The summer of 2020 saw shocking allegations of criminal conduct by electric companies in two midwestern states.

In July, Commonwealth Edison (ComEd), a subsidiary of Exelon Corporation, agreed to pay a $200 million fine to avoid prosecution after admitting in court that it directed contracts and jobs to associates of Michael Madigan, the Illinois Speaker of the House of Representatives, in exchange for favorable legislative treatment.

Meanwhile, in Ohio federal prosecutors charged Ohio House of Representative Speaker Larry Householder and several key associates with a racketeering conspiracy, money laundering and bribery, including $61 million in bribes from FirstEnergy to pass a legislative bailout of nuclear power plants, and to help defeat a referendum that would have overturned the bailout legislation.

The Ohio and Illinois examples are extreme. Yet cases of electricity companies using disreputable tactics to manipulate the political process are common. Indeed, such manipulation is often legal under the current system, and sometimes is even paid for via electric customers through the electric companies guaranteed rates of return.

THE REAL SCANDAL IS WHAT’S LEGAL

Entergy Louisiana used paid actors masquerading as concerned residents to offer public comments in support of a new Entergy power plant proposal.

When solar advocates in Florida launched a ballot initiative to protect the rights of solar customers, Florida utilities secretly funded a second deceptive ballot initiative that sounded similar but would have denied competition from third-party solar providers.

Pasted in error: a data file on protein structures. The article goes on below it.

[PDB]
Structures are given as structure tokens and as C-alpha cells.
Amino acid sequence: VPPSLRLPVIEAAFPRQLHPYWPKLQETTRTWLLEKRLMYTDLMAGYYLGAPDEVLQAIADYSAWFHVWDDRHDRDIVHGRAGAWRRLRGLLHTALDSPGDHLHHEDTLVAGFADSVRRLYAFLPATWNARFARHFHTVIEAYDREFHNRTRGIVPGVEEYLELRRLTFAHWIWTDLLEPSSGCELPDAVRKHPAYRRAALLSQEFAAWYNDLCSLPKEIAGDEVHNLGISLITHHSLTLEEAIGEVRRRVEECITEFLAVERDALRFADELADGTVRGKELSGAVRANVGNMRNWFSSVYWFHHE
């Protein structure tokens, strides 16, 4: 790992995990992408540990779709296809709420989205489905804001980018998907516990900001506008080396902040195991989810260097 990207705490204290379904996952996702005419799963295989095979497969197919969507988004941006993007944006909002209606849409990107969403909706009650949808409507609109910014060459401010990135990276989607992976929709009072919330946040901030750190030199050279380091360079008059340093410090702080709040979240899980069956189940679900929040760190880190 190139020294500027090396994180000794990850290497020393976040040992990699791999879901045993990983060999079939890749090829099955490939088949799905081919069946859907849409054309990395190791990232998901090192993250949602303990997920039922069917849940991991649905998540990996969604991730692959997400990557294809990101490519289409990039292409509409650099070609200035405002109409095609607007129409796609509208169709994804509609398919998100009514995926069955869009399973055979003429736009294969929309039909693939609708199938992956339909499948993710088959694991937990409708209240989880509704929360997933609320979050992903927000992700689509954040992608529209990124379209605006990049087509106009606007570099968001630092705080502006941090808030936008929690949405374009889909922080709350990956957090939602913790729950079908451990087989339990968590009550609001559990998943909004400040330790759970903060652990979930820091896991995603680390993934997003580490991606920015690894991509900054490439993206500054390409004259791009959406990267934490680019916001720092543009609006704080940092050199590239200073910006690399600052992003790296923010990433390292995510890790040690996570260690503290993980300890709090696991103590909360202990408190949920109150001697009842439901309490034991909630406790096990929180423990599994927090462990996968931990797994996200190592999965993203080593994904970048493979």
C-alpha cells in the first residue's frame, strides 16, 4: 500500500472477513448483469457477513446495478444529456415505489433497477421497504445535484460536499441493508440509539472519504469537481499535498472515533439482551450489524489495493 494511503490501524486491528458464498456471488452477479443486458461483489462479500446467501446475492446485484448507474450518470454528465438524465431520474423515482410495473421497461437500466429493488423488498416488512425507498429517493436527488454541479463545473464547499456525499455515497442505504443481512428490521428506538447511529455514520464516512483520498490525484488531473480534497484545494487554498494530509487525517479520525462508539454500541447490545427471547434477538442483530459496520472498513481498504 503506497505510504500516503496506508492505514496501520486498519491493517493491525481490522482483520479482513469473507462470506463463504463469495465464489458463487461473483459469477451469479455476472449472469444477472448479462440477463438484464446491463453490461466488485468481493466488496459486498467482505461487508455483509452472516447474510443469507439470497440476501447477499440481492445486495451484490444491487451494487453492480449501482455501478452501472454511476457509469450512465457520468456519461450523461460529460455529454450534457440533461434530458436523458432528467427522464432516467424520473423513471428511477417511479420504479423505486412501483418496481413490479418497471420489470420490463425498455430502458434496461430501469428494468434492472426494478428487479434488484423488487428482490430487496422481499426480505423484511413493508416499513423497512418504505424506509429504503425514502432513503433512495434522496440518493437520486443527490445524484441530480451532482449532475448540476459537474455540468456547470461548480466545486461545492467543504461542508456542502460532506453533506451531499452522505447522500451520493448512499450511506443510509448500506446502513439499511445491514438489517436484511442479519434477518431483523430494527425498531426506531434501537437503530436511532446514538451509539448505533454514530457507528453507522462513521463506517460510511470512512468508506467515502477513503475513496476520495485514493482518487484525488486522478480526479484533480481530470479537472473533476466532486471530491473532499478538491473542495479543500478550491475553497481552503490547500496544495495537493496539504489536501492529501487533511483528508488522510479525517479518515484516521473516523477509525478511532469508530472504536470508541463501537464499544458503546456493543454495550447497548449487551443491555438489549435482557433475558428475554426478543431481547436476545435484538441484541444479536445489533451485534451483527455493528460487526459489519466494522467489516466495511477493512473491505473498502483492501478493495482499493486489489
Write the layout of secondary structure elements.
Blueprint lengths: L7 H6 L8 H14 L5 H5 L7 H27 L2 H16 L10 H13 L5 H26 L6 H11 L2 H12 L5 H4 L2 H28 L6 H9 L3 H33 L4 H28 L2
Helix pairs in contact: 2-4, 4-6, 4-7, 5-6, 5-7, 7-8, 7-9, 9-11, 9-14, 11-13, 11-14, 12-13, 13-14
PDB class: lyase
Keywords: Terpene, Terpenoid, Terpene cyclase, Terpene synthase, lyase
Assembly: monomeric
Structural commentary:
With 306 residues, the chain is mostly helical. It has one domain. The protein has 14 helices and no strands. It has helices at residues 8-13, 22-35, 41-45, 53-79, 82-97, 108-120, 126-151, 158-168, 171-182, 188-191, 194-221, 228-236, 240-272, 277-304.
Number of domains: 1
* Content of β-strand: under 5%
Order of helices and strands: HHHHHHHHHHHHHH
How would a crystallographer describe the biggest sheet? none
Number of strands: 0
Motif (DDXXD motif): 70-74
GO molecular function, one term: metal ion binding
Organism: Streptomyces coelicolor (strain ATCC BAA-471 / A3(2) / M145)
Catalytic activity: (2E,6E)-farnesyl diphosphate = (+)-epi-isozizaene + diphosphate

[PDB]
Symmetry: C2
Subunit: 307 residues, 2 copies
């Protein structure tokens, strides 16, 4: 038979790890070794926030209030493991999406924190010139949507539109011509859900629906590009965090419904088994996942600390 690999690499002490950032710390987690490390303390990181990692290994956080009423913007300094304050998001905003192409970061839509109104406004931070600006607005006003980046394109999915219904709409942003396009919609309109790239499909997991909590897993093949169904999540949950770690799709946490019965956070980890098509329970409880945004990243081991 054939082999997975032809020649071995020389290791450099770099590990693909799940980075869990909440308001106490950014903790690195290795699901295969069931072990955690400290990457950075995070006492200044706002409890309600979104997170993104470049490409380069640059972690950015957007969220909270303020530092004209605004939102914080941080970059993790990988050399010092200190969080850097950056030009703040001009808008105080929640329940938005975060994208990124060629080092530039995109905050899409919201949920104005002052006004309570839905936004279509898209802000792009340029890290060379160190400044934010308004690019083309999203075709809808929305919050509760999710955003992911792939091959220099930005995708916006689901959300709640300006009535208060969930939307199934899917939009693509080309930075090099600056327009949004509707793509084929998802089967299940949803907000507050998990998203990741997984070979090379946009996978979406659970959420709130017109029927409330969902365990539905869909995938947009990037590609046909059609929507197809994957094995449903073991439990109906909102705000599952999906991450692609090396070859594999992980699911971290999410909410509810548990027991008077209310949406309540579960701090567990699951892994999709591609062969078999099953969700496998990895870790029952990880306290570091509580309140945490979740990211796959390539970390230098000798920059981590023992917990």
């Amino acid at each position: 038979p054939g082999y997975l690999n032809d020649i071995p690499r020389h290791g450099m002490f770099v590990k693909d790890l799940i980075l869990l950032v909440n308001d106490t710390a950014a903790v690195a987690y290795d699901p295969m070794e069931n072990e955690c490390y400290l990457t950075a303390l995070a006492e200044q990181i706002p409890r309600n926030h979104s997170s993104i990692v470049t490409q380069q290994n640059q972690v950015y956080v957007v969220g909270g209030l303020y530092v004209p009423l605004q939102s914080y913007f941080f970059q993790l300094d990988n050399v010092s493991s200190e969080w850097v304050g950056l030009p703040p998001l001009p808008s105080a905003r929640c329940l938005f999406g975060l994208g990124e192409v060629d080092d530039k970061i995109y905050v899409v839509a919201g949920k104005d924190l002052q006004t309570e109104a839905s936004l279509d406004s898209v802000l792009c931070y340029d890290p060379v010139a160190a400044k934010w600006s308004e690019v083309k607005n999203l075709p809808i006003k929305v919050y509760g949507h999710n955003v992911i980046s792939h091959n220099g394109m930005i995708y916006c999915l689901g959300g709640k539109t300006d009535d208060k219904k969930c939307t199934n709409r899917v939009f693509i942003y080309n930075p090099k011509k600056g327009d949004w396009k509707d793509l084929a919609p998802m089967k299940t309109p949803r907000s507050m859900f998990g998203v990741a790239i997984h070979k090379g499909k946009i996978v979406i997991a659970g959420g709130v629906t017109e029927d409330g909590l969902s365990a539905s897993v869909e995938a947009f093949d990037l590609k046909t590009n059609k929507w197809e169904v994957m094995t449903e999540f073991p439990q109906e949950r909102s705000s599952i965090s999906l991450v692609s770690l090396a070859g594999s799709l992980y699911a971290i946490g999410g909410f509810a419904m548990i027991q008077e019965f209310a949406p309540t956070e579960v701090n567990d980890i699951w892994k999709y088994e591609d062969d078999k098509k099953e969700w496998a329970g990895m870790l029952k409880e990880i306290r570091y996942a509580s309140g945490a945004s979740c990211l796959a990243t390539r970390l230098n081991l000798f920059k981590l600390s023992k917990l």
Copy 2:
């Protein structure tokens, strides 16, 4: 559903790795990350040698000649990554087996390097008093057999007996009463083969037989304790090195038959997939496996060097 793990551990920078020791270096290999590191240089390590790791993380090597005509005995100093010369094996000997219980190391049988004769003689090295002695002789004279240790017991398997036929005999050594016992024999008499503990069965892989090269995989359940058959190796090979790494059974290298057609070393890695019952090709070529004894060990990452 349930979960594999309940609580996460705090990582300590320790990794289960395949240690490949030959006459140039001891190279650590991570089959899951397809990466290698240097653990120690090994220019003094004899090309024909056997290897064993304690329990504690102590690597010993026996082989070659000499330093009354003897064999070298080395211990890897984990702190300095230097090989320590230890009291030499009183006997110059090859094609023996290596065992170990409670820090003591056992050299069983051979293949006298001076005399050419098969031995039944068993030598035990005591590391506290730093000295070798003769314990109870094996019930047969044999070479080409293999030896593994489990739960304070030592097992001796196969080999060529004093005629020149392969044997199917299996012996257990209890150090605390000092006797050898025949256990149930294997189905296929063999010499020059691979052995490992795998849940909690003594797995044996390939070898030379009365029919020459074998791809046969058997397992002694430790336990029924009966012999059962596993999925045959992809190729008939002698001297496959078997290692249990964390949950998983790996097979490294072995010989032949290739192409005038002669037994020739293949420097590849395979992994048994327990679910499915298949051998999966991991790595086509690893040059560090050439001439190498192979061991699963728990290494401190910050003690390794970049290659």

In Virginia, Dominion Energy secured a freeze on electric rates and legislative approval for an offshore wind project which the state regulatory body opposed, resulting in utility earnings exceeding their authorized profit margin.

Utilities even use charitable contributions to secure political support. One report found that the philanthropic contributions of 10 leading monopoly utilities exceeded $1 billion from 2013-2017, with a considerable portion going to recipients with “strings attached” to extract political action from their grantees that favor the utilities’ regulatory positions.

Another example: Illinois utilities were recently revealed to have been funneling money to the state’s Citizens Utility Board, a state-created organization meant to advocate on behalf of utility ratepayers. Direct donations to the CUB from utilities are barred, so it was done via non-profit foundations.

ELECTRIC UTILITIES’ PROTECTED MONOPOLY STATUS ENCOURAGES POLITICAL MANIPULATION

This sort of political behavior is a predictable outcome of how electricity is regulated in much of the country. Most states still operate under a monopoly electric model, with a single company or group of affiliated entities providing generation, transmission and distribution exclusively within their territory. Electric utilities in these states are subject to intensive government oversight and must get approval for the electric rates they charge from a state regulator.